Voluntary Work in the Norwegian long-term Care Sector: Complementing or substituting formal Services?
Journal article, Peer reviewed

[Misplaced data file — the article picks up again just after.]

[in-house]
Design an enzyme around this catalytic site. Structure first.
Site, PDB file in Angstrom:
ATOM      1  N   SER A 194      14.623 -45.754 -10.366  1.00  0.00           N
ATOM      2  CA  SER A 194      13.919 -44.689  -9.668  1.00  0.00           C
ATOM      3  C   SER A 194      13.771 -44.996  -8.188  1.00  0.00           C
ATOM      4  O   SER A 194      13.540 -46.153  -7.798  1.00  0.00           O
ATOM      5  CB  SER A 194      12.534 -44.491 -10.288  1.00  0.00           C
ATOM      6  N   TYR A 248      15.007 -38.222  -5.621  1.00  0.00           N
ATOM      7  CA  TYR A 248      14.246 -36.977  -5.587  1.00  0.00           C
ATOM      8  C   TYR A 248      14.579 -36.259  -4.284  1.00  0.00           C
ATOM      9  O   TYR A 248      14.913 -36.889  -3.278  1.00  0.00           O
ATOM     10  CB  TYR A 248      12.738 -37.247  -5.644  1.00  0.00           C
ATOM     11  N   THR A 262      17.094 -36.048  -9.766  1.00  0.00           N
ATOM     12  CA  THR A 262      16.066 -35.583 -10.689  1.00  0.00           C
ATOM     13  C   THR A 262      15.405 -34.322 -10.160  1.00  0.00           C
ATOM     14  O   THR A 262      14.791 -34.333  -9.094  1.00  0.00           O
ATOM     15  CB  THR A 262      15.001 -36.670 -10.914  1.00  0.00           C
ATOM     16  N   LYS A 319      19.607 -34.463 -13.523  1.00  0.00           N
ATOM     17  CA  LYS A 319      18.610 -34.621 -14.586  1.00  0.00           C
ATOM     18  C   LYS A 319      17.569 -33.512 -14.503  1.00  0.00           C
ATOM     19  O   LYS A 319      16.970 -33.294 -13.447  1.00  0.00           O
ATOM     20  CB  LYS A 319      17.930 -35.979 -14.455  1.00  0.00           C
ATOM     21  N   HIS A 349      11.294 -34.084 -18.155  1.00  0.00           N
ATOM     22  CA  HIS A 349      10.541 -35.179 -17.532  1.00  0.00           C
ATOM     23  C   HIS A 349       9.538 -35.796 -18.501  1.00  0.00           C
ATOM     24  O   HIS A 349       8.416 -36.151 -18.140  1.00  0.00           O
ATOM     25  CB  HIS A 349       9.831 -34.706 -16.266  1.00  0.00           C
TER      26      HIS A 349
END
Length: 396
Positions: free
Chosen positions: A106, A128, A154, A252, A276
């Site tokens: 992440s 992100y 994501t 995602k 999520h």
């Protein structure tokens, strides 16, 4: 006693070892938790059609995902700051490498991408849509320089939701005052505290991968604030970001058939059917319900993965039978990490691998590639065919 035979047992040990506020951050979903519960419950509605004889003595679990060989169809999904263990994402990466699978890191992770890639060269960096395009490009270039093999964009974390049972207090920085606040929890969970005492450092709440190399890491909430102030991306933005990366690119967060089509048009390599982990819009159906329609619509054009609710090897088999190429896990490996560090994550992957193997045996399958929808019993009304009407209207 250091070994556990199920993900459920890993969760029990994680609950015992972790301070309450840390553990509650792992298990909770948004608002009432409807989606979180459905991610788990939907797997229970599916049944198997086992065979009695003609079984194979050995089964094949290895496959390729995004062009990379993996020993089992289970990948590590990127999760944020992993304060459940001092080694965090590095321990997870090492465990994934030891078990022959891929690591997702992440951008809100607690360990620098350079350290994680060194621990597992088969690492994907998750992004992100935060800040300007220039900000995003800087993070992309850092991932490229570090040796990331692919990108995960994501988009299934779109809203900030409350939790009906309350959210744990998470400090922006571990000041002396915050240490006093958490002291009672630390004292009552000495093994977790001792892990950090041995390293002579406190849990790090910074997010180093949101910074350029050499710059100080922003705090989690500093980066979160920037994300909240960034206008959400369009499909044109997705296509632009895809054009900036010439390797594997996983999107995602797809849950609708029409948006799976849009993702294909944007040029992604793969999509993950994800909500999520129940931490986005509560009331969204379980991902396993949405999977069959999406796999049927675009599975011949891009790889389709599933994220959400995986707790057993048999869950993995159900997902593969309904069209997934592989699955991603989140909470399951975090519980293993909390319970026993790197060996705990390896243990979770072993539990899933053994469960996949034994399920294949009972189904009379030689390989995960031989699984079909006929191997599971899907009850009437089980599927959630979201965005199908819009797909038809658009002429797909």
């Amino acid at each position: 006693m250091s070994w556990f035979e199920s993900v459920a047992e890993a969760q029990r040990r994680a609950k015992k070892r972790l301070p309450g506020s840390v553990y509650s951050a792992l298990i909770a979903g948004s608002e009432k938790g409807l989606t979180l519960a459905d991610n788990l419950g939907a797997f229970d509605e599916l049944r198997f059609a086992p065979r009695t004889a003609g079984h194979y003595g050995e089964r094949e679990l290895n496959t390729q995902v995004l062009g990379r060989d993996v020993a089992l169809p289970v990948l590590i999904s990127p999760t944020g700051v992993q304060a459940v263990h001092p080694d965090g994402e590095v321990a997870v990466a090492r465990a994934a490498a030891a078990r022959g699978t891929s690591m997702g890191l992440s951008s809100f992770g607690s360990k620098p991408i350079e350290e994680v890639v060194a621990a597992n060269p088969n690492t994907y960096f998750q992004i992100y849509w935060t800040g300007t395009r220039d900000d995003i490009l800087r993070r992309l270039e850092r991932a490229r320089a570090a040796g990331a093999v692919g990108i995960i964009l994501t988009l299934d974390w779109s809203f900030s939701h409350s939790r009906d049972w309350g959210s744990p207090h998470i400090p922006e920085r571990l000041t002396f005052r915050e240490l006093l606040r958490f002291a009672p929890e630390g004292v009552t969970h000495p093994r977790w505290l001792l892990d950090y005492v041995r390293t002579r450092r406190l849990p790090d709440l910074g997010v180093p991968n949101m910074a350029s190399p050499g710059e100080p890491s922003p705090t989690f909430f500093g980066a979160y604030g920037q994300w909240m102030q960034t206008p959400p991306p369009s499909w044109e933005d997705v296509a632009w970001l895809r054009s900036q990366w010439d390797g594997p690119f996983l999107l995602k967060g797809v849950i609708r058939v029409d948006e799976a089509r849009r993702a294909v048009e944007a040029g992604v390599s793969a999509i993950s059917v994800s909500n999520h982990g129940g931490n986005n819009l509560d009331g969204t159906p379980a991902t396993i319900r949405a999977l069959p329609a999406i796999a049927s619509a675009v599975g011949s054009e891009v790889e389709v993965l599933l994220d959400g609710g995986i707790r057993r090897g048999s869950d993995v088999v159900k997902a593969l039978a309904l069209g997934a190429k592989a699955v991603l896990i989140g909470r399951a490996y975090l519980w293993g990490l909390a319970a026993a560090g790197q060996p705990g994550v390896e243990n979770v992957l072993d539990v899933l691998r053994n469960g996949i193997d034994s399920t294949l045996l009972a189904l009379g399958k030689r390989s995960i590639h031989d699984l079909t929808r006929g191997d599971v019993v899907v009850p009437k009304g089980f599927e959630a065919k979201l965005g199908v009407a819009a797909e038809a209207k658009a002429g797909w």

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Across Europe, governments call for increased involvement of volunteers to shoulder some of the welfare burden. Nevertheless, there is little research into what kind of work and how much volunteers currently contribute in the long-term care services and whether this has the potential to substitute formal services. Drawing on findings from a survey of employees in nursing homes and home care districts, we examine the nature and volume of voluntary, unpaid work in the long-term care services in Norway. Our data suggest that volunteers to a very limited degree carry out work that has traditionally been considered the formal system’s domain: personal care and practical help. Nearly all the voluntary, unpaid contributions in our data takes place within cultural, social and other activities aimed at promoting mental stimulation and well-being, indicating a classic specialisation of tasks between volunteers and professionals. However, there has been an expansion of the formal care system to include activities aimed at promoting well-being in recent decades. This may indicate that there is a certain level of task sharing between voluntary and formal care. Thus, social workers need to consider voluntary service provision when assessing the needs of clients.